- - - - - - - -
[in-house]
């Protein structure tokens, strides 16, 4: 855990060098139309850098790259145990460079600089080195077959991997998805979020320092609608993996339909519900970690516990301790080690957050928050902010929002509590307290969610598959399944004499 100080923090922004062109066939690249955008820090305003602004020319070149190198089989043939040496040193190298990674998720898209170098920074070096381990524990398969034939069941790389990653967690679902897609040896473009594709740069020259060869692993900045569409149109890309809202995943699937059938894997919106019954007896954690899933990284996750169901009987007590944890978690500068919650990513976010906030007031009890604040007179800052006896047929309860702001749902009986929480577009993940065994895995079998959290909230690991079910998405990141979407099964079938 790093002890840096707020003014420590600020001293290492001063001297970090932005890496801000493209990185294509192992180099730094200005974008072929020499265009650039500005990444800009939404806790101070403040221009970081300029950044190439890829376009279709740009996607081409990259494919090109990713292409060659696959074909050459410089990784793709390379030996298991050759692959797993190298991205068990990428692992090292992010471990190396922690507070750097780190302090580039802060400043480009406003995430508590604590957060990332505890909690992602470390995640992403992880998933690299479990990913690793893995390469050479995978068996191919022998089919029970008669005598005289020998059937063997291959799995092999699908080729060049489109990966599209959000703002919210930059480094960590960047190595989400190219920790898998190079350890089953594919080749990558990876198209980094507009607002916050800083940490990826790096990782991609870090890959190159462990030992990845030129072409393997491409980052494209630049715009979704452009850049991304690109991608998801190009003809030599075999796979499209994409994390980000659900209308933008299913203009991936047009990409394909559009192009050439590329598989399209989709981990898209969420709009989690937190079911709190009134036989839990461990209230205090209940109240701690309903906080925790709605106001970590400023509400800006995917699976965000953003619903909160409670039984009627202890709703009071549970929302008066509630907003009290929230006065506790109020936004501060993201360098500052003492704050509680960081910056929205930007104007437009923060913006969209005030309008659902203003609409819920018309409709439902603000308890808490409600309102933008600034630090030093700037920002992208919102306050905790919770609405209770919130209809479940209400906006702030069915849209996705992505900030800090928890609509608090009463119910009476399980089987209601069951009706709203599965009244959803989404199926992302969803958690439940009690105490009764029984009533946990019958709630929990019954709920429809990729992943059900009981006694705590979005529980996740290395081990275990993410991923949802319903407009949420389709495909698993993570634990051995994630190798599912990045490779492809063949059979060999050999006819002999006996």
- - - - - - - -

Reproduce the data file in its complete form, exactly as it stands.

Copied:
[in-house]
């Protein structure tokens, strides 16, 4: 855990060098139309850098790259145990460079600089080195077959991997998805979020320092609608993996339909519900970690516990301790080690957050928050902010929002509590307290969610598959399944004499 100080923090922004062109066939690249955008820090305003602004020319070149190198089989043939040496040193190298990674998720898209170098920074070096381990524990398969034939069941790389990653967690679902897609040896473009594709740069020259060869692993900045569409149109890309809202995943699937059938894997919106019954007896954690899933990284996750169901009987007590944890978690500068919650990513976010906030007031009890604040007179800052006896047929309860702001749902009986929480577009993940065994895995079998959290909230690991079910998405990141979407099964079938 790093002890840096707020003014420590600020001293290492001063001297970090932005890496801000493209990185294509192992180099730094200005974008072929020499265009650039500005990444800009939404806790101070403040221009970081300029950044190439890829376009279709740009996607081409990259494919090109990713292409060659696959074909050459410089990784793709390379030996298991050759692959797993190298991205068990990428692992090292992010471990190396922690507070750097780190302090580039802060400043480009406003995430508590604590957060990332505890909690992602470390995640992403992880998933690299479990990913690793893995390469050479995978068996191919022998089919029970008669005598005289020998059937063997291959799995092999699908080729060049489109990966599209959000703002919210930059480094960590960047190595989400190219920790898998190079350890089953594919080749990558990876198209980094507009607002916050800083940490990826790096990782991609870090890959190159462990030992990845030129072409393997491409980052494209630049715009979704452009850049991304690109991608998801190009003809030599075999796979499209994409994390980000659900209308933008299913203009991936047009990409394909559009192009050439590329598989399209989709981990898209969420709009989690937190079911709190009134036989839990461990209230205090209940109240701690309903906080925790709605106001970590400023509400800006995917699976965000953003619903909160409670039984009627202890709703009071549970929302008066509630907003009290929230006065506790109020936004501060993201360098500052003492704050509680960081910056929205930007104007437009923060913006969209005030309008659902203003609409819920018309409709439902603000308890808490409600309102933008600034630090030093700037920002992208919102306050905790919770609405209770919130209809479940209400906006702030069915849209996705992505900030800090928890609509608090009463119910009476399980089987209601069951009706709203599965009244959803989404199926992302969803958690439940009690105490009764029984009533946990019958709630929990019954709920429809990729992943059900009981006694705590979005529980996740290395081990275990993410991923949802319903407009949420389709495909698993993570634990051995994630190798599912990045490779492809063949059979060999050999006819002999006996």